Carbs are not the enemy. Not whole-grain carbs, that is. People who ate three or more daily servings of whole grains (such as oats) had 10 percent less belly fat than people who ate the same amount of calories from processed white carbs (bread, rice, pasta), according to a Tufts University study. It's theorized that this is due to whole grains' high fiber and slow-burn properties, which keep you satiated longer.
Fat burners have ingredients, such as caffeine and green tea, that act as a hunger suppressant. These help to ward off those cravings and decrease your overall hunger. Your body produces a hormone called leptin that is responsible for telling your body it is full and doesn’t need more food. This helps reduce the urge to overeat or snack throughout the day.
The leafy green is jam-packed with energy-boosting nutrients such as vitamin A, iron, and folate. It can also reduce your appetite—helping to curb your calorie intake and encourage your body to start burning fat—thanks to natural compounds called thylakoids. Swedish researchers found that over three months, women who consumed a five-gram thylakoid supplement from spinach reported a 25 percent reduction in hunger and cravings and significantly more weight loss (11 pounds) than the control group!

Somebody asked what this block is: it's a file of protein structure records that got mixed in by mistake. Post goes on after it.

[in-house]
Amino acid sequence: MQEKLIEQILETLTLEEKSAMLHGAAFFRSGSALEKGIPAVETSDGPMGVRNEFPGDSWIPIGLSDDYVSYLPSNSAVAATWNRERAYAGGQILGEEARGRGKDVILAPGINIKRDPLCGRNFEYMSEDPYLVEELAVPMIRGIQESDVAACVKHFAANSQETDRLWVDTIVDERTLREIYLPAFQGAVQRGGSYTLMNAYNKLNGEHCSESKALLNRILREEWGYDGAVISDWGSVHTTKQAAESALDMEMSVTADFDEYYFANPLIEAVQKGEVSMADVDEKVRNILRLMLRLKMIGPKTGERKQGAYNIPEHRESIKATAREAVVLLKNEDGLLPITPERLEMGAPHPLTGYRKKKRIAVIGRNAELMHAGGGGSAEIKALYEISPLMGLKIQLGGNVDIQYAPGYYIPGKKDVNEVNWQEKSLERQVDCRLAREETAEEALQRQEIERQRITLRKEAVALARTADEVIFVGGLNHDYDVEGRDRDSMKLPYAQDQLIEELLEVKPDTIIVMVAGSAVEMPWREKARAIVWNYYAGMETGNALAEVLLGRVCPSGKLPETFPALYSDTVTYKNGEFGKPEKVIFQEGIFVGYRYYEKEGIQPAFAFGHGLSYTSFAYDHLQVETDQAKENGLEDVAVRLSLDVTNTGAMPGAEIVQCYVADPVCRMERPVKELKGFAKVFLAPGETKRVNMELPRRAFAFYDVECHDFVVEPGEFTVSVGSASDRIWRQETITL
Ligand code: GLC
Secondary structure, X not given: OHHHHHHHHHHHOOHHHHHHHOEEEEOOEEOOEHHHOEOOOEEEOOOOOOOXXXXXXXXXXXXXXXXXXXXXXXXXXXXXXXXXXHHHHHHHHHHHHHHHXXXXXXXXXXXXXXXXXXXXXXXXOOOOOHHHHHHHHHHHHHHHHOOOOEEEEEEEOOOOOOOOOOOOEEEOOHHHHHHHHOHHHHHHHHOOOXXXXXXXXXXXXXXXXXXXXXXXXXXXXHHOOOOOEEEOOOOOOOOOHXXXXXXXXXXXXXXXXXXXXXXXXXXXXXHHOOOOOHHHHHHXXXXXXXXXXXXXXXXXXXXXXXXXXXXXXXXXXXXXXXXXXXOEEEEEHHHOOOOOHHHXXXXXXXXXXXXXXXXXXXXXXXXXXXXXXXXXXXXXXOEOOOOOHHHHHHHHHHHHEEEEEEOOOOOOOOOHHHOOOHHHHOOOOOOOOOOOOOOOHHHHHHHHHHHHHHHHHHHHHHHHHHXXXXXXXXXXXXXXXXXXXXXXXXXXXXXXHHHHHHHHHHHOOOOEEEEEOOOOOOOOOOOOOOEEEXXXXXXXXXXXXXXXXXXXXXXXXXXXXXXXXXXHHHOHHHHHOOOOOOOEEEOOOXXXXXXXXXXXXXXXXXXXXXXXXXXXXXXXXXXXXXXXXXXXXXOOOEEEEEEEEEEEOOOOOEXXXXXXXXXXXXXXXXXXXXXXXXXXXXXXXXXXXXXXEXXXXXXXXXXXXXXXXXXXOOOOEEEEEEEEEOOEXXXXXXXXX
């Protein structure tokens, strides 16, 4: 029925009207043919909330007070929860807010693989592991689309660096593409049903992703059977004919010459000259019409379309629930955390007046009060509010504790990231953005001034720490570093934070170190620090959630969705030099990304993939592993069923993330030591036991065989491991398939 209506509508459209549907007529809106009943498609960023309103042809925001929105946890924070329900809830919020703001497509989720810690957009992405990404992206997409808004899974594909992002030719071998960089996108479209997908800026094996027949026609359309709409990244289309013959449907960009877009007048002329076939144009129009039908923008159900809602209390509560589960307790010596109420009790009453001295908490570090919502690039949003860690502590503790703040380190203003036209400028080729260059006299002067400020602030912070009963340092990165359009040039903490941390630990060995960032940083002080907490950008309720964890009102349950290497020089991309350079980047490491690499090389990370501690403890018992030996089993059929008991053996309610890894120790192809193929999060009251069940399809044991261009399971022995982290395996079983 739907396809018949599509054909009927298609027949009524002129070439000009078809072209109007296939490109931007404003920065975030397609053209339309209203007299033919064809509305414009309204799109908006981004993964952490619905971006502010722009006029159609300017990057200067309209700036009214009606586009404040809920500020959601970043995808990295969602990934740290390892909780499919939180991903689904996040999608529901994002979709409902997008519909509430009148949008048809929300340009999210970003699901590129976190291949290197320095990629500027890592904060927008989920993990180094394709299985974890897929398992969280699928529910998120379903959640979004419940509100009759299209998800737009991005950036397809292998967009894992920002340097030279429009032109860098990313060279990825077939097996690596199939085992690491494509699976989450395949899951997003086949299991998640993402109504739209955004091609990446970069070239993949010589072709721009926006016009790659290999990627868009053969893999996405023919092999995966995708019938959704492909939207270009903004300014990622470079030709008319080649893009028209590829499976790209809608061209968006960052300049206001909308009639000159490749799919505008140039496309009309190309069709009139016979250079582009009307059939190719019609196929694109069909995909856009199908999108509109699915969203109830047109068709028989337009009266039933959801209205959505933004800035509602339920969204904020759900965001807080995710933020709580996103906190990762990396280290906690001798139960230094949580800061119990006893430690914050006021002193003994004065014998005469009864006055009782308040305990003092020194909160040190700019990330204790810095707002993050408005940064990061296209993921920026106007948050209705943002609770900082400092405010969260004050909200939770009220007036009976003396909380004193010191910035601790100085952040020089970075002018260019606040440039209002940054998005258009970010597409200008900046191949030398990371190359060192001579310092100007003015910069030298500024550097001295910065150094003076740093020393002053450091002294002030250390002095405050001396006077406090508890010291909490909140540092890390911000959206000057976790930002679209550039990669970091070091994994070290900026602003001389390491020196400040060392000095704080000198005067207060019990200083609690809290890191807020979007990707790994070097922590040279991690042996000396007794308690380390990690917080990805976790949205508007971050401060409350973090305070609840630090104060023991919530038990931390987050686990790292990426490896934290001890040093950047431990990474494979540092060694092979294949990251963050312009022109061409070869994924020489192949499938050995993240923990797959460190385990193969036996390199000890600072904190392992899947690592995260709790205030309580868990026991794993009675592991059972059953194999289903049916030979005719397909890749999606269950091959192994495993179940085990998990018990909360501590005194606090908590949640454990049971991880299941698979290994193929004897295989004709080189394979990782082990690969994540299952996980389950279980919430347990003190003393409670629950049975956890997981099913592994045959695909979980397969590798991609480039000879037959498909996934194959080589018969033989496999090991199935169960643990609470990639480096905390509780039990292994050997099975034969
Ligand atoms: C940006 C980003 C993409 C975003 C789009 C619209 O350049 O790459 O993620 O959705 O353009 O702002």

Sure, ketchup is tasty, but it's also a serious saboteur when it comes your weight loss efforts. Ketchup is loaded with sugar — up to four grams per tablespoon — and bears little nutritional resemblance to the fruit from which it's derived. Luckily, swapping out your ketchup for salsa can help you shave off that belly fat at home without a diet. Fresh tomatoes, like those used in salsa, are loaded with lycopene, which a study conducted at China Medical University in Taiwan links to reductions in both overall fat and waist circumference. If you like your salsa spicy, all the better; the capsaicin in hot peppers, like jalapeños and chipotles, can boost your metabolism, too.